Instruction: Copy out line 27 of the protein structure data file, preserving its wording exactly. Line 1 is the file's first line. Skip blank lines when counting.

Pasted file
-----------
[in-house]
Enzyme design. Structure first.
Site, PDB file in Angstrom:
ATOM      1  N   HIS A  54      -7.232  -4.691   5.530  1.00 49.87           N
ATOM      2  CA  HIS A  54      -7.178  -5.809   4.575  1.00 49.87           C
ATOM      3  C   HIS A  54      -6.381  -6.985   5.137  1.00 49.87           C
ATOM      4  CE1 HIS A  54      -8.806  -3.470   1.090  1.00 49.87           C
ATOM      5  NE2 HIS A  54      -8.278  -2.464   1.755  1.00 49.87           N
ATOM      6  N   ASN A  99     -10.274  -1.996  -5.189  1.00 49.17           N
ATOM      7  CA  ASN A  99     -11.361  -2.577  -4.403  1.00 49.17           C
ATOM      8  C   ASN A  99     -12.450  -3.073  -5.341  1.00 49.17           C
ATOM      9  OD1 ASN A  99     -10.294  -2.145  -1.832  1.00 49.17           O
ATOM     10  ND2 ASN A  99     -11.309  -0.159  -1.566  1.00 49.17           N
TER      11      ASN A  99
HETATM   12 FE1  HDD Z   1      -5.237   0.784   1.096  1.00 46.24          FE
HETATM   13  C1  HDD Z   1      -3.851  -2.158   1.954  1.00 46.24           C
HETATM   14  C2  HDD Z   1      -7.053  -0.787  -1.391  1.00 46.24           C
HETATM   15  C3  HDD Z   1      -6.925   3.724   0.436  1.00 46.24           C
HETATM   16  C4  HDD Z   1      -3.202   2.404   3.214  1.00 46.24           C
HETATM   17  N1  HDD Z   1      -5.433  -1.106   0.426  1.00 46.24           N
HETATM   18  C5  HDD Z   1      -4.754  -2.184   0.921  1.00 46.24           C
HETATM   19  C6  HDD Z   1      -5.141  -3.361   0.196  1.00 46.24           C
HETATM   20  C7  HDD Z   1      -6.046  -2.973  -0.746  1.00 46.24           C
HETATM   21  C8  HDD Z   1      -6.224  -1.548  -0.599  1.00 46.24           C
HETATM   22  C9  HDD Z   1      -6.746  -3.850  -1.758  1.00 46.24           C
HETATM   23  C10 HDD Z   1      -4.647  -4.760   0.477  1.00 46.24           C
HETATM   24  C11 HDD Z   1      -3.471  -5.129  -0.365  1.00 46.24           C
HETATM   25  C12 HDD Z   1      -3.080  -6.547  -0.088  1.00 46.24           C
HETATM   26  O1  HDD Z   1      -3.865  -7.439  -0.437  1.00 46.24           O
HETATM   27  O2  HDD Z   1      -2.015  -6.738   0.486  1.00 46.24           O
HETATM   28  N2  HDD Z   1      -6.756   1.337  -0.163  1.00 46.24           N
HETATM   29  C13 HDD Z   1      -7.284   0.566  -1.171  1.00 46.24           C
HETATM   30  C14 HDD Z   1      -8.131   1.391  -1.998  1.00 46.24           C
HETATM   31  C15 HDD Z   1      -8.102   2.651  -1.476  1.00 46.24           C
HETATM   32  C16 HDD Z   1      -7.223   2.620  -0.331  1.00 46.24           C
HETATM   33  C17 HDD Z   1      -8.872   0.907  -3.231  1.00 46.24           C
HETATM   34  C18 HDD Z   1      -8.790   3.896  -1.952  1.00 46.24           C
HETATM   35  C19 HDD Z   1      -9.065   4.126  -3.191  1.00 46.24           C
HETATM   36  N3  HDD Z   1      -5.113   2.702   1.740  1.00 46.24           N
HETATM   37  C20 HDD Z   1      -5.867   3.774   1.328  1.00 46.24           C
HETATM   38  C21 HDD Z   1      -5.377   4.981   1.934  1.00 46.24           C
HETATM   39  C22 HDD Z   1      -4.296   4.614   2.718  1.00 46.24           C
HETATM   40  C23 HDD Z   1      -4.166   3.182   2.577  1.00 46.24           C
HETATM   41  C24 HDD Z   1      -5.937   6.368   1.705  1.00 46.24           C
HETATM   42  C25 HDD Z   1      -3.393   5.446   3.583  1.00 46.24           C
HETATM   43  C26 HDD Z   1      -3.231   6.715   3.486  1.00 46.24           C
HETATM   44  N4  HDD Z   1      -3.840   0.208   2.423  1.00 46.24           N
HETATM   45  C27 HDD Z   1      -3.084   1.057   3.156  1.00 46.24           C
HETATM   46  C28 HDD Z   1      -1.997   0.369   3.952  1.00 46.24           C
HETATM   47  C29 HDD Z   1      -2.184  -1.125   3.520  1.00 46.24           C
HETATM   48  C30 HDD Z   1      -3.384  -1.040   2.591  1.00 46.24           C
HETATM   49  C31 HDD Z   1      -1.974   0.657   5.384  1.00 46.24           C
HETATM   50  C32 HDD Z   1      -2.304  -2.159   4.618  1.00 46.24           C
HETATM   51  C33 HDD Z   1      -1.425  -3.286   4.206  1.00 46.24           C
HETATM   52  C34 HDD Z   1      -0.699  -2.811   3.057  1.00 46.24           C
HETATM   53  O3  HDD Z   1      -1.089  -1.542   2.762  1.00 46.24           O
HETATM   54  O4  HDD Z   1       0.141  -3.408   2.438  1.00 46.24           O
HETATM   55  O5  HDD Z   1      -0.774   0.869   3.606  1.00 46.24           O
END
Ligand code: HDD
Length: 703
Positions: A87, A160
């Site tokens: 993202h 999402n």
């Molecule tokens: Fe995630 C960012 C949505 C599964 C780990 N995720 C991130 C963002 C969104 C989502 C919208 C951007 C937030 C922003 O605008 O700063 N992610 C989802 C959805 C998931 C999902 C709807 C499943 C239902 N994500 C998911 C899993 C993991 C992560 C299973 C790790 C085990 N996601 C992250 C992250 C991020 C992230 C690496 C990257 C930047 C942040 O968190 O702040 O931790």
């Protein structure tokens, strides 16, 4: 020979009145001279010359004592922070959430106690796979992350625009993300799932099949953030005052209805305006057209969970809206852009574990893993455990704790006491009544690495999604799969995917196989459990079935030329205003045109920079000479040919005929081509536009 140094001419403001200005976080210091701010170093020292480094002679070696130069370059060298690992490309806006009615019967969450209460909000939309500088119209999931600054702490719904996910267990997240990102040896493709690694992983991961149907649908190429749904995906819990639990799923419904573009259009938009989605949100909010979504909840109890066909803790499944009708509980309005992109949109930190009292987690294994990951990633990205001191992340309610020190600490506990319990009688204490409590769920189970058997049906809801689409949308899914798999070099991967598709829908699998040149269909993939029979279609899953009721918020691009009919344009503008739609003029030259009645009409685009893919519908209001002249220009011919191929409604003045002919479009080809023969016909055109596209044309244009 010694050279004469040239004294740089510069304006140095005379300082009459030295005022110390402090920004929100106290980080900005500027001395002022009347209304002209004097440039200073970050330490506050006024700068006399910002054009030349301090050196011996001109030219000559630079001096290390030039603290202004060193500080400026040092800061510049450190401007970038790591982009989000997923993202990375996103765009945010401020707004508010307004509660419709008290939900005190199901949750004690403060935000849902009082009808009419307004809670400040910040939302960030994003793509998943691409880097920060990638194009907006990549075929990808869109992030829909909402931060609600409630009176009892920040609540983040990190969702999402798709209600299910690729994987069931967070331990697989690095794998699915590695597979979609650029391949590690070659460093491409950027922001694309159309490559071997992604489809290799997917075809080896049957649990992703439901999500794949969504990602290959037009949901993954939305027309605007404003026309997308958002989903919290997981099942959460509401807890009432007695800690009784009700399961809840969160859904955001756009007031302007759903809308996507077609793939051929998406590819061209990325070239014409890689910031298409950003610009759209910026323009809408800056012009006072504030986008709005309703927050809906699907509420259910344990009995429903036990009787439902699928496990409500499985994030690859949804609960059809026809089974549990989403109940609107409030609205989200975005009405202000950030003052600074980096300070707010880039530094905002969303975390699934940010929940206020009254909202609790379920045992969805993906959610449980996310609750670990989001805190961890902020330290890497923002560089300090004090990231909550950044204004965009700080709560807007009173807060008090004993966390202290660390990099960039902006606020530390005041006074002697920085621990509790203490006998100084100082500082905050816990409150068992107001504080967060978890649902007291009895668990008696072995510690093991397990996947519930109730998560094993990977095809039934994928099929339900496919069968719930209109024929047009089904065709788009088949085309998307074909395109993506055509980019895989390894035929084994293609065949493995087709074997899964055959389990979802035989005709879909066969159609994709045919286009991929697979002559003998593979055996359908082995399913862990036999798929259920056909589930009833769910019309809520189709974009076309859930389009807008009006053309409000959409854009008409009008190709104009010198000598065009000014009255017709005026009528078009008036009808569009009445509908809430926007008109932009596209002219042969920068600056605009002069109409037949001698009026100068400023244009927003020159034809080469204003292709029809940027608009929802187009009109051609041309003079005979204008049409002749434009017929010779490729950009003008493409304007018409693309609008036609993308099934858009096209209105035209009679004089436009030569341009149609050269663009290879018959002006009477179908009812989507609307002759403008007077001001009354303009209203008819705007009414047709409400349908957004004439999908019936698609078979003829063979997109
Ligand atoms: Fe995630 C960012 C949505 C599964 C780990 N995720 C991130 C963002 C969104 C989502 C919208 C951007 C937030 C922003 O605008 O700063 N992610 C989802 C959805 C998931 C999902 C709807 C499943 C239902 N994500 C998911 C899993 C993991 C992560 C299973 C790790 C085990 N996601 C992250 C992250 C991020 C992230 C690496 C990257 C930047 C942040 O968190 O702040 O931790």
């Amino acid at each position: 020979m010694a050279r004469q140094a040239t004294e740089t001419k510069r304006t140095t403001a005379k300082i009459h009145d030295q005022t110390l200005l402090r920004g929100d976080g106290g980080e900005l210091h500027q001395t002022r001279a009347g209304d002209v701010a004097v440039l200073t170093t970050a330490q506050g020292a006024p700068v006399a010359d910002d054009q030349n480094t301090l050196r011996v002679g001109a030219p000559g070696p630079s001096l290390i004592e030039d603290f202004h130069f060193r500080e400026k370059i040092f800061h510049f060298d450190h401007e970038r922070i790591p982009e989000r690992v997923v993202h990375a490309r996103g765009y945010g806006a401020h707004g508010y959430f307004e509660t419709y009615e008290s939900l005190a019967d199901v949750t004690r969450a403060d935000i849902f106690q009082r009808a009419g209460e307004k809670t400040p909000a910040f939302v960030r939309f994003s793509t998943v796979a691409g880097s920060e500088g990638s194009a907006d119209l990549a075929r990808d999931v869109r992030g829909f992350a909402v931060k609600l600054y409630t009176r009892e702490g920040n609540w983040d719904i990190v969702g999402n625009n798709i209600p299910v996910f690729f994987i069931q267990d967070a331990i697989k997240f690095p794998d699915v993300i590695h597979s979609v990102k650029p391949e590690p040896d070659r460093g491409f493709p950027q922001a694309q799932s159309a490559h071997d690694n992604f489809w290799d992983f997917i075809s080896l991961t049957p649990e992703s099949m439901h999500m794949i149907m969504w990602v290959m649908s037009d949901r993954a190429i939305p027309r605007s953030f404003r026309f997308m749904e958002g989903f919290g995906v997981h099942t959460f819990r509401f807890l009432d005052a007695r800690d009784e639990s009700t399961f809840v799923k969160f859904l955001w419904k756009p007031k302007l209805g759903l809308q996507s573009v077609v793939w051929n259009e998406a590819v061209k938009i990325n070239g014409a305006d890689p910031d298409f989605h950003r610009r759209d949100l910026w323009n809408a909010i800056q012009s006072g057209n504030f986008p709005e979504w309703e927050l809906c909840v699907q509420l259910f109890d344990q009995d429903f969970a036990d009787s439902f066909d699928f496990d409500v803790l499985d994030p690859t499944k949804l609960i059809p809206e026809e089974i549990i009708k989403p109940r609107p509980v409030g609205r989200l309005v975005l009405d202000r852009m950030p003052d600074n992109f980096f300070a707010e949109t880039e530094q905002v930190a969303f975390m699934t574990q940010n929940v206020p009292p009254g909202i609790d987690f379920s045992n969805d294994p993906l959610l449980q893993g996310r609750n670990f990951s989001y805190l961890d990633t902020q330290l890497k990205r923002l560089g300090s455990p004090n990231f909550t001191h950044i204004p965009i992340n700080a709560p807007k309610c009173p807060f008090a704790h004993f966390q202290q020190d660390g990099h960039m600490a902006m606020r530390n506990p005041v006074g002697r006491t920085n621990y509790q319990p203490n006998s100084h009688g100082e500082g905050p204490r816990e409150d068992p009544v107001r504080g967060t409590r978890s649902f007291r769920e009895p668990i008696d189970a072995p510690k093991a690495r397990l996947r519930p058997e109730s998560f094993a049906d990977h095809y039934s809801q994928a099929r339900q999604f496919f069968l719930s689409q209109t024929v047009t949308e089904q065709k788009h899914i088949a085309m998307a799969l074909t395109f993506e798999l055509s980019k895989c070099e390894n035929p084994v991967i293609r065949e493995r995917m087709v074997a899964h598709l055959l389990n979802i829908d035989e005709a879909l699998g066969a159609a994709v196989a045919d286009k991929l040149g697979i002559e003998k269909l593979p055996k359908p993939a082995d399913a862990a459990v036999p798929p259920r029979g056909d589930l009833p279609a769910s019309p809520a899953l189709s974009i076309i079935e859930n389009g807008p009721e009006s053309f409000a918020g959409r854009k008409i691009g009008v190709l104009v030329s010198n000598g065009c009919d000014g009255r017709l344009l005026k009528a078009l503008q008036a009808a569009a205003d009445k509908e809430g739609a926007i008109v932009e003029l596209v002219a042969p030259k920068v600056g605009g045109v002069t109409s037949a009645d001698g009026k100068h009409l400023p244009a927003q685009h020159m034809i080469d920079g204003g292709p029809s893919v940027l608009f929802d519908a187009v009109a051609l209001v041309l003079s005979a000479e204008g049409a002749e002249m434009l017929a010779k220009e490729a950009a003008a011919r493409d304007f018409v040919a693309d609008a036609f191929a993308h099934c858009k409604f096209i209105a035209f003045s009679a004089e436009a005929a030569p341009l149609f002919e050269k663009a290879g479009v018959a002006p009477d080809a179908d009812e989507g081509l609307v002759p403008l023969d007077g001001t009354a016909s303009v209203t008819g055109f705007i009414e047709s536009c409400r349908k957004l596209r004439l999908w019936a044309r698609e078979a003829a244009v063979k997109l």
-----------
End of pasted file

HETATM   24  C11 HDD Z   1      -3.471  -5.129  -0.365  1.00 46.24           C